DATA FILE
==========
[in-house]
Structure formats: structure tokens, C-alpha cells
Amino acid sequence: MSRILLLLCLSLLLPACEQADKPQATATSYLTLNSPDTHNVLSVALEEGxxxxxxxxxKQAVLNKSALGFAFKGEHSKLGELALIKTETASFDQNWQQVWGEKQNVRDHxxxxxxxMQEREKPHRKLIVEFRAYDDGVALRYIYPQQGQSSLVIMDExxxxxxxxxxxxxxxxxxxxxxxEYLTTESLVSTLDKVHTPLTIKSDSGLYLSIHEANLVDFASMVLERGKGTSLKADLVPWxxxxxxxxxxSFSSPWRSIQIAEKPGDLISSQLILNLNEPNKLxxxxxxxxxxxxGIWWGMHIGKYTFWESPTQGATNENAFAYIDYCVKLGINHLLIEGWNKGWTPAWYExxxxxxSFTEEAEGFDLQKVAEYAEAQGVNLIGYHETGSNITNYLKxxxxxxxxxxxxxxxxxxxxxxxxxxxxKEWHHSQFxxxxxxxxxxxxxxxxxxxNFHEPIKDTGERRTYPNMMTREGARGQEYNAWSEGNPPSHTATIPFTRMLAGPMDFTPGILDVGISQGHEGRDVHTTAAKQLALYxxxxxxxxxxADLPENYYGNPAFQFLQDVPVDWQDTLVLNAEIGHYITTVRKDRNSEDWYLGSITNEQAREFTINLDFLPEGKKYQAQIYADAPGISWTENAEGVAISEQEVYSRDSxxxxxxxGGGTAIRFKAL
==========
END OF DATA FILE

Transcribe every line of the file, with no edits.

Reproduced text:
[in-house]
Structure formats: structure tokens, C-alpha cells
Amino acid sequence: MSRILLLLCLSLLLPACEQADKPQATATSYLTLNSPDTHNVLSVALEEGxxxxxxxxxKQAVLNKSALGFAFKGEHSKLGELALIKTETASFDQNWQQVWGEKQNVRDHxxxxxxxMQEREKPHRKLIVEFRAYDDGVALRYIYPQQGQSSLVIMDExxxxxxxxxxxxxxxxxxxxxxxEYLTTESLVSTLDKVHTPLTIKSDSGLYLSIHEANLVDFASMVLERGKGTSLKADLVPWxxxxxxxxxxSFSSPWRSIQIAEKPGDLISSQLILNLNEPNKLxxxxxxxxxxxxGIWWGMHIGKYTFWESPTQGATNENAFAYIDYCVKLGINHLLIEGWNKGWTPAWYExxxxxxSFTEEAEGFDLQKVAEYAEAQGVNLIGYHETGSNITNYLKxxxxxxxxxxxxxxxxxxxxxxxxxxxxKEWHHSQFxxxxxxxxxxxxxxxxxxxNFHEPIKDTGERRTYPNMMTREGARGQEYNAWSEGNPPSHTATIPFTRMLAGPMDFTPGILDVGISQGHEGRDVHTTAAKQLALYxxxxxxxxxxADLPENYYGNPAFQFLQDVPVDWQDTLVLNAEIGHYITTVRKDRNSEDWYLGSITNEQAREFTINLDFLPEGKKYQAQIYADAPGISWTENAEGVAISEQEVYSRDSxxxxxxxGGGTAIRFKAL